Is one Monday in January the most depressing day of the year? Probably not. (Photo: SevenLittleThings/Flickr)

The days are getting shorter, the nights are getting longer, and it is seriously bumming out the over 10 million Americans (1 in 3 British adults) who suffer from some form of Seasonal Affective Disorder (SAD). According to press accounts, this yearly malaise reaches its peak on one day in January, known as “Blue Monday.” The thinking is that a confluence of factors ranging from weather to debt turned this Monday into the saddest day of the year.

But cheer up! As it turns out Blue Monday is nothing more than a fabricated, pseudo-science marketing stunt.

While the concept of the saddest day of the year is only a few years old, the term “Blue Monday” dates back much further. In an etymological text from 1908, the phrase is linked to a tradition where churches are traditionally decorated with blue altar cloths on the Monday before Lent. However it goes on to say that some of the meaning may also be associated with excessive drinking. “Blue” as a descriptor was once used to talk about being drunk, so the meaning of a “Blue Monday” could also be any such day when the weekend’s excessive imbibing extended to the work week.

Today, other than being connected to a hit song from the 1980s, a Blue Monday usually refers to that disappointment you get when returning to work after a weekend (possibly still feeling ill from getting too “blue”). Seeing an opportunity to take advantage of a pre-written catchphrase, ad agencies decided to turn Blue Monday into a thing, using math. Crazy math.

January may be the cruelest month. (Photo: Joe Penna/Flickr)

The leader of the charge was a one Dr. Cliff Arnall, who at the time was employed by the University of Cardiff, teaching evening classes in psychology at the adult education center. In 2005, Arnall released a seemingly groundbreaking equation that proved January 24th of that year (more broadly, the third or fourth Monday of the month), was the most depressing day of the year. The complicated-looking equation he used to come to this was as follows:

As NBC explained in their coverage of the announcement that year, the variables translated to, “(W) weather, (D) debt, (d) monthly salary, (T) time since Christmas, (Q) time since failed quit attempt, (M) low motivational levels and (NA) the need to take action.” To put this strange calculus into laymen’s terms, it is saying that January’s bad weather combined with the stress of holiday bills are compounded by the dwindling memories of the holidays, and piled upon by general doldrums. If you are thinking that many of these factors seem like arbitrary metrics that are too personal to quantify in any general sense, you are not alone.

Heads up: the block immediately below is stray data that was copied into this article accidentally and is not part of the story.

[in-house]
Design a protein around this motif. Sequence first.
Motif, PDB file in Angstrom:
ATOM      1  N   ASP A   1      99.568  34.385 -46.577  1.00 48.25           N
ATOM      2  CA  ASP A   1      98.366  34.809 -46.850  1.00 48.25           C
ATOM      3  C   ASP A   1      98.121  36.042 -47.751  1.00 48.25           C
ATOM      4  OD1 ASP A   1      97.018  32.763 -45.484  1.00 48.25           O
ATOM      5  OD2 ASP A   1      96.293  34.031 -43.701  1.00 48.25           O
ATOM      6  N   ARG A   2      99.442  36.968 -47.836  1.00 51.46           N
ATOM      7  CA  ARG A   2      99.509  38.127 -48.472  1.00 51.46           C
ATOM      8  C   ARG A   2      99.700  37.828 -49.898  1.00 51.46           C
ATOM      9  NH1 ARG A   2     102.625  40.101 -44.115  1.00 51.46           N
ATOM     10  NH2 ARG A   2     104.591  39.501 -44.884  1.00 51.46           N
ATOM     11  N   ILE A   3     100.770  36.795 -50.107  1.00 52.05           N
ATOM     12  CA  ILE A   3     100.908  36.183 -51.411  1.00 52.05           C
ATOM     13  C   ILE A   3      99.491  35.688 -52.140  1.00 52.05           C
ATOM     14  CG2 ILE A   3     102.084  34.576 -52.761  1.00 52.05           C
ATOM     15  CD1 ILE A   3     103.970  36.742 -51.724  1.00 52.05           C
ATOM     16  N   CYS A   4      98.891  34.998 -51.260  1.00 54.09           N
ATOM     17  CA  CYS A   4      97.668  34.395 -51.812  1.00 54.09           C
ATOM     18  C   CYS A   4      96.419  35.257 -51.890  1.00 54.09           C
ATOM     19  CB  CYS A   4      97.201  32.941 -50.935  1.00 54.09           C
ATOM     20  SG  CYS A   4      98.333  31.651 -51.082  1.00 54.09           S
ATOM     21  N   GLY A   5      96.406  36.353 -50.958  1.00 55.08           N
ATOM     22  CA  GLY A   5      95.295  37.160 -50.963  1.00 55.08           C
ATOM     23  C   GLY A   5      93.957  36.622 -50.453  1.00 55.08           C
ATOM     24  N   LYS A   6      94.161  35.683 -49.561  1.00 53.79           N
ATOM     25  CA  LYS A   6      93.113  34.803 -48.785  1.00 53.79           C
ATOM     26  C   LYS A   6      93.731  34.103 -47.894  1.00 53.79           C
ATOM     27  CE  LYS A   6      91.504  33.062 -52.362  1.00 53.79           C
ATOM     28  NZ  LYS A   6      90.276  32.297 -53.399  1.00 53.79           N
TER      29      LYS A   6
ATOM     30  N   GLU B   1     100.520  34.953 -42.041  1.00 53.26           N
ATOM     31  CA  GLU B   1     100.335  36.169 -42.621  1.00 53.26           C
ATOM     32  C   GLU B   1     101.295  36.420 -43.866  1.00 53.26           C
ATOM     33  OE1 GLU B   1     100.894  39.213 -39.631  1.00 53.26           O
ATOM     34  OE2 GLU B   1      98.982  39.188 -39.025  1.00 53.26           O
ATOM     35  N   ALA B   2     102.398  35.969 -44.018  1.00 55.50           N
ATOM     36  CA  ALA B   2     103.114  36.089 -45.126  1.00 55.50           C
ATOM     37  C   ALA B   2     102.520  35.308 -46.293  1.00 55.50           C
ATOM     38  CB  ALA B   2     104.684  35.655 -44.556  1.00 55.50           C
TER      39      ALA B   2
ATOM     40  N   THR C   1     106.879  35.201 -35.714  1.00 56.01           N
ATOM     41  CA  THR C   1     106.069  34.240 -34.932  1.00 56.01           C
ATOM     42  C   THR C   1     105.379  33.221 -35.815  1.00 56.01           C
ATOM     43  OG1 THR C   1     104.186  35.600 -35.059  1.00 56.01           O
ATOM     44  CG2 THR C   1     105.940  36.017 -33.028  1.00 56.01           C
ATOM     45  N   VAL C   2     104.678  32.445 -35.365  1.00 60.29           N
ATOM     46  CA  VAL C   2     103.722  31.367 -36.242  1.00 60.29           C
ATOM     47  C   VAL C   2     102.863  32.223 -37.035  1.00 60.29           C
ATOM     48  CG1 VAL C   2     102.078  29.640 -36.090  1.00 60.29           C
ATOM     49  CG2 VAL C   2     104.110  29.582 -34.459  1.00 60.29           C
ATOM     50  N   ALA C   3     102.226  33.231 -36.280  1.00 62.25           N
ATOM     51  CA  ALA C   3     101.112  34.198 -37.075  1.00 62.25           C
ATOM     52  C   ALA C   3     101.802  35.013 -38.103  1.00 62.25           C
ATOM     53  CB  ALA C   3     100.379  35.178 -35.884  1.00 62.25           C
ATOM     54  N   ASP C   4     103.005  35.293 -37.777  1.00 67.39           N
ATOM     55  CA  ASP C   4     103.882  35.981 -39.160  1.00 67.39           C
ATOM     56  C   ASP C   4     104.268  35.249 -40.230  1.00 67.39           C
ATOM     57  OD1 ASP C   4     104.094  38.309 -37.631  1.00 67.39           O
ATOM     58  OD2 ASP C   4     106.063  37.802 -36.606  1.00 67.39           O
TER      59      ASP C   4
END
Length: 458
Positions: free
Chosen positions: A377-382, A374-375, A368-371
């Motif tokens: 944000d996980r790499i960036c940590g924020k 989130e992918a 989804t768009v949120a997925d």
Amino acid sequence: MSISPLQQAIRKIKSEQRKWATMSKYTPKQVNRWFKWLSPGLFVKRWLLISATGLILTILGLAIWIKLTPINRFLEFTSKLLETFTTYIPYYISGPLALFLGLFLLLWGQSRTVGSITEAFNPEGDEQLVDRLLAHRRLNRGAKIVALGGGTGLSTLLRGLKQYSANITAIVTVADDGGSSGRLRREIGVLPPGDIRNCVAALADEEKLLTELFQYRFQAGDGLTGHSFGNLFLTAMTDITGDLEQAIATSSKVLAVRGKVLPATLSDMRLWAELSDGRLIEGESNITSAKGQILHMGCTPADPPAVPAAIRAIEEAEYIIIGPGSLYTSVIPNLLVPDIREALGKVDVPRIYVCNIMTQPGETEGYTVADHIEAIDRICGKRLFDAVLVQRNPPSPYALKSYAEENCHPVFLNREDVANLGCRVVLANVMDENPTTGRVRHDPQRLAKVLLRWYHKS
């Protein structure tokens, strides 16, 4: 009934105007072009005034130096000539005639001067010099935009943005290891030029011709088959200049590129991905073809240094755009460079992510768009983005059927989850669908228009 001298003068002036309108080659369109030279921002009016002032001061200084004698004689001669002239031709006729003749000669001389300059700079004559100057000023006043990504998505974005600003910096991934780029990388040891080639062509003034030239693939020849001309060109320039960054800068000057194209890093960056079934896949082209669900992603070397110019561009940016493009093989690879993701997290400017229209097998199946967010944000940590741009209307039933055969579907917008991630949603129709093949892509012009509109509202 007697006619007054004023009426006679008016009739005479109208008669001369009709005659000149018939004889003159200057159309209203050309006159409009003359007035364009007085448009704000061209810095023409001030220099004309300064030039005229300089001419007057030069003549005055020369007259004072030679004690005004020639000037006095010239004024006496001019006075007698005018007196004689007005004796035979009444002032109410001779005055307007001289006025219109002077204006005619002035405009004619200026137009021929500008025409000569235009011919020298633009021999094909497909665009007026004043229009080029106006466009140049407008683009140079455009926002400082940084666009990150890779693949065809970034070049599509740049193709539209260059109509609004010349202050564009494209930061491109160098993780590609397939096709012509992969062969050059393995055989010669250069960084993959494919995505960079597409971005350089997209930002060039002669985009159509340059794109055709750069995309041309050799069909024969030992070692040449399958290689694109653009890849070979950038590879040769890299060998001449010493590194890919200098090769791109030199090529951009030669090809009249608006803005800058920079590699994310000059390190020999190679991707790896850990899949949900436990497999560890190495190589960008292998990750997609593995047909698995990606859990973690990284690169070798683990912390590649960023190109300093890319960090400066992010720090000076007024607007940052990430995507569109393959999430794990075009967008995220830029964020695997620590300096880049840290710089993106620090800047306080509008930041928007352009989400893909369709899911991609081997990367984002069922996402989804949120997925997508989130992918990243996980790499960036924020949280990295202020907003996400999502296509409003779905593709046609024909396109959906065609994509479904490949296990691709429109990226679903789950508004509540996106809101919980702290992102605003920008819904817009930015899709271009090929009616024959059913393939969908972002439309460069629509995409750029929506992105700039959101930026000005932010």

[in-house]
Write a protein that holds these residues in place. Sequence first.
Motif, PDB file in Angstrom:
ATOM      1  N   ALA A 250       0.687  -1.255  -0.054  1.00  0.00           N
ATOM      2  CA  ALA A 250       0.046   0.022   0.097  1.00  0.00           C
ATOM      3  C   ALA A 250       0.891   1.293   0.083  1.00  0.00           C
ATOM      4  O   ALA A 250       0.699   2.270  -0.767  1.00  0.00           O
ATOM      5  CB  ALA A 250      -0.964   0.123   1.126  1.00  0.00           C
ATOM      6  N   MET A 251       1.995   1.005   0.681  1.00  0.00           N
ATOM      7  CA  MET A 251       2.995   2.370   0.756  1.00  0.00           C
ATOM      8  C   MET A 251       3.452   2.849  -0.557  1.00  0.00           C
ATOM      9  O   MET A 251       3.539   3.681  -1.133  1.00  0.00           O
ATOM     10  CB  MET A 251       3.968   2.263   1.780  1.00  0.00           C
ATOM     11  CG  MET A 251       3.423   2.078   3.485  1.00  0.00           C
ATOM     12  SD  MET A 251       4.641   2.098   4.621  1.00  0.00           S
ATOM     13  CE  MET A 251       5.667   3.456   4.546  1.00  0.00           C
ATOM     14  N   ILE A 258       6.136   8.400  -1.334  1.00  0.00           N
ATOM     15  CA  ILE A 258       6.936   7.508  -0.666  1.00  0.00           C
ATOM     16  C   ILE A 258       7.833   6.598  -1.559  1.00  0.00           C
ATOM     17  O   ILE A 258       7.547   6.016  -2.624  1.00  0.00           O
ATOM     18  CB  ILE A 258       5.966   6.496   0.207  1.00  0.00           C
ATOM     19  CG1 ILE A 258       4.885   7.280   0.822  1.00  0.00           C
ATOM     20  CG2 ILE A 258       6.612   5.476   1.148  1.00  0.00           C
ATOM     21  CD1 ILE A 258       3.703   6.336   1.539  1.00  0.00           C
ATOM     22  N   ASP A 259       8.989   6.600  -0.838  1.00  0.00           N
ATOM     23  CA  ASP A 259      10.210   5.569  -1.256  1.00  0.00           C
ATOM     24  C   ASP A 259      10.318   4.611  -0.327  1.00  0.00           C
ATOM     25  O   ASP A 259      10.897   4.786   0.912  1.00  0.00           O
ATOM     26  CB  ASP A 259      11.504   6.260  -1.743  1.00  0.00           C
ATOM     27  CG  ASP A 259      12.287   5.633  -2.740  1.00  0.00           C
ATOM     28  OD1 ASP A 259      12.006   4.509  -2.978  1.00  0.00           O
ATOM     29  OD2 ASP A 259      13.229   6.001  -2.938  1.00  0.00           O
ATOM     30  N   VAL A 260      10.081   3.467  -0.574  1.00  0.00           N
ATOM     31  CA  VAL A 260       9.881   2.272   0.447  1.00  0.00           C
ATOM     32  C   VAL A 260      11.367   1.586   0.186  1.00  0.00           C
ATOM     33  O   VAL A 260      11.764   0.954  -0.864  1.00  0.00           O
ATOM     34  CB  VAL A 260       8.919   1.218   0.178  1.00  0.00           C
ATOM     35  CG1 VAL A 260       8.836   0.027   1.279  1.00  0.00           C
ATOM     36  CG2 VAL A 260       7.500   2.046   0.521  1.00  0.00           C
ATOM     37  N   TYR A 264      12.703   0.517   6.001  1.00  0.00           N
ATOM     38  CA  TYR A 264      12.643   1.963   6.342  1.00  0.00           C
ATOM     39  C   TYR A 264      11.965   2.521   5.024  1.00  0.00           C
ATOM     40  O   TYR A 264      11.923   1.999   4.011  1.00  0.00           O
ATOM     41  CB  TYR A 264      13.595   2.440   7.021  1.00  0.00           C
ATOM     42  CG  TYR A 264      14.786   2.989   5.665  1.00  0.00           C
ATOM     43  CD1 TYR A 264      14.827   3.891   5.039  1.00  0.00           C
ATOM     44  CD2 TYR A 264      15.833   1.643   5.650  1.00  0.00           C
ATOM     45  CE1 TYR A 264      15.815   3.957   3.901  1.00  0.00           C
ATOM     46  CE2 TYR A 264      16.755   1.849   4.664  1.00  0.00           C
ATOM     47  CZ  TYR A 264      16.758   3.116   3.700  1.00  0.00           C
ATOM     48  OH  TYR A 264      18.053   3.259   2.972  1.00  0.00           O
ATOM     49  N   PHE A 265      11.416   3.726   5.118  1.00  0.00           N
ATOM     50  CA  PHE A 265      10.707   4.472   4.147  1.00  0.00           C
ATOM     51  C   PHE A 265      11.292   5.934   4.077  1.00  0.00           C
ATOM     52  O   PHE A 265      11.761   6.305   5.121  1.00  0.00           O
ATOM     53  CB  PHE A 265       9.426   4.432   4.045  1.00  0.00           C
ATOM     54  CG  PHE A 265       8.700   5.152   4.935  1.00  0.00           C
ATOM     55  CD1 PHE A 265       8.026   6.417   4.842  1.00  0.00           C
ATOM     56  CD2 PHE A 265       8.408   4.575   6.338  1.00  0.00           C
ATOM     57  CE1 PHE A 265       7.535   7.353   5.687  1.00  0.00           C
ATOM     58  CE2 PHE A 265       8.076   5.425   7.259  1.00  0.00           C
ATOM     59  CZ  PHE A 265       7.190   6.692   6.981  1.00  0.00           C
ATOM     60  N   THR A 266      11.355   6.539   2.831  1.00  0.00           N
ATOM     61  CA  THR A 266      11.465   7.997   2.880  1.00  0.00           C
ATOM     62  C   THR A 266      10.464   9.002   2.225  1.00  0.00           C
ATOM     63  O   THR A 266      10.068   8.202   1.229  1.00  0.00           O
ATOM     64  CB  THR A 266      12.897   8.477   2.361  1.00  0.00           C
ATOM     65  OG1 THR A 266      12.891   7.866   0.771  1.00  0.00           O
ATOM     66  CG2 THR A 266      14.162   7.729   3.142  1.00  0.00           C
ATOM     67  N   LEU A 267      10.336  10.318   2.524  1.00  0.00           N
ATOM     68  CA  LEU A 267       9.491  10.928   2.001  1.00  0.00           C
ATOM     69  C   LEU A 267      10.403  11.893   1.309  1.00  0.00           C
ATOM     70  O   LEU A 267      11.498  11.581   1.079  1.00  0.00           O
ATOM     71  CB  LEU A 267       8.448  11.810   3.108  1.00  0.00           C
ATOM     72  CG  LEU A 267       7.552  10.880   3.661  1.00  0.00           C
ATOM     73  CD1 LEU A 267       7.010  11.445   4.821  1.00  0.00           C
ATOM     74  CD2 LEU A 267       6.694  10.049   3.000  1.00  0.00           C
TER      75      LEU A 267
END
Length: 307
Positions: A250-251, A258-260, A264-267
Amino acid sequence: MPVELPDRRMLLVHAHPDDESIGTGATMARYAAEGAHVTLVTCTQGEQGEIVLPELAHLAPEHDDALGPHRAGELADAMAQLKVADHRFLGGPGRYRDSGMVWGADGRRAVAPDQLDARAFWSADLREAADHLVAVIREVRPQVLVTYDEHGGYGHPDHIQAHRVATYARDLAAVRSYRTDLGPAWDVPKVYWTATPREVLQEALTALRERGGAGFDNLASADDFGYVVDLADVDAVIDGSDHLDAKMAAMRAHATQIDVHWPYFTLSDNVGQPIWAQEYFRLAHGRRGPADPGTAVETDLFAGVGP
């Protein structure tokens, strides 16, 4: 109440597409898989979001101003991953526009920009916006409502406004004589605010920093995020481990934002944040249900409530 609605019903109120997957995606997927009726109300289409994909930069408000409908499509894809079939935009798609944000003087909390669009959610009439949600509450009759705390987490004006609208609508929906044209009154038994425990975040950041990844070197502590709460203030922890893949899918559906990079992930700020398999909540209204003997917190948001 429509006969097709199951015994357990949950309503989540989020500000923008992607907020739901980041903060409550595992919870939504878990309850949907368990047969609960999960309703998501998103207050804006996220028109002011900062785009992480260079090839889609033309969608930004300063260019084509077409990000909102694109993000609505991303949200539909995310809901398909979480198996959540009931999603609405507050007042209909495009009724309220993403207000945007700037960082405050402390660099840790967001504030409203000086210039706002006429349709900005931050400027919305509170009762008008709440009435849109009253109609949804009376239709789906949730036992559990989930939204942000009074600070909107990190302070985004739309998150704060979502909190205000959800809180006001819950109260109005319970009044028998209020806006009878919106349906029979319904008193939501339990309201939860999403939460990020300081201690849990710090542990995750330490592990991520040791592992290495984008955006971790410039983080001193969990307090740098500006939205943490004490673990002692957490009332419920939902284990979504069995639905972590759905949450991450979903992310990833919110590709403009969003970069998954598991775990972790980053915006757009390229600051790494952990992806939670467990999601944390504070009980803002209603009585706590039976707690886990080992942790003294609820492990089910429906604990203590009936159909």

Off the bat, outlets like the aforementioned NBC and The Guardian (which would later go on to tear the pseudo science apart in a number of articles over a number of years), gave Arnall’s work some straight-faced press, but the troubling truth of the matter was that the whole thing was blatantly an advertising stunt. Arnall’s work had been released via a press release dreamt up by U.K. PR firm Porter Novelli as a tactic to sell travel packages for now-closed British travel agency, Sky Travel. The idea was that by selling the public on the worst day of the year, they could incentivize them to improve their lives via travel plans.

Is this how your soul feels in January? You aren’t alone, but it has nothing to do with Blue Monday. (Photo: Johnathan Nightingale/Flickr)

In addition to the uncomfortable concept of using a real, and often devastating condition like SAD or general depression simply to sell travel tickets, according to one of the campaign’s most vocal critics, Ben Goldacre, the equations didn’t even check out on a mathematical level. In a 2008 article about Arnall’s work, Goldacre call his equations, “dimensionally half-cocked,” and “stupid,” noting that the variables in one of Arnall’s theorems relating to how to experience the perfect weekend can easily be manipulated to essentially cancel itself out. In other words, these math-ish theories, said to be developed by a supposed psychologist (although Goldacre suggests that it is the PR companies that develop the equations, simply finding an academic stooge to put their name on them) are simply smokescreens that they hope the public won’t look too closely at in their fervor to sate their sadness with a little retail therapy.

All of this could even have just been another failed ad campaign, but the myth of Blue Monday continues to persist. Each year, companies ranging from Ferrari to Pret a Manger are still using the idea of the saddest day of the year to hawk their wares. Since the declaration of Blue Monday, Arnall has also announced “the happiest day of the year,” a date in June, this time on behalf of an ice cream company.

The true saddest day of the year is unknown, and likely unquantifiable in any real way. So if you find yourself getting depressed during the grey days of the coming winter, try to take solace in the fact that no matter what day it is, it’s not Blue Monday.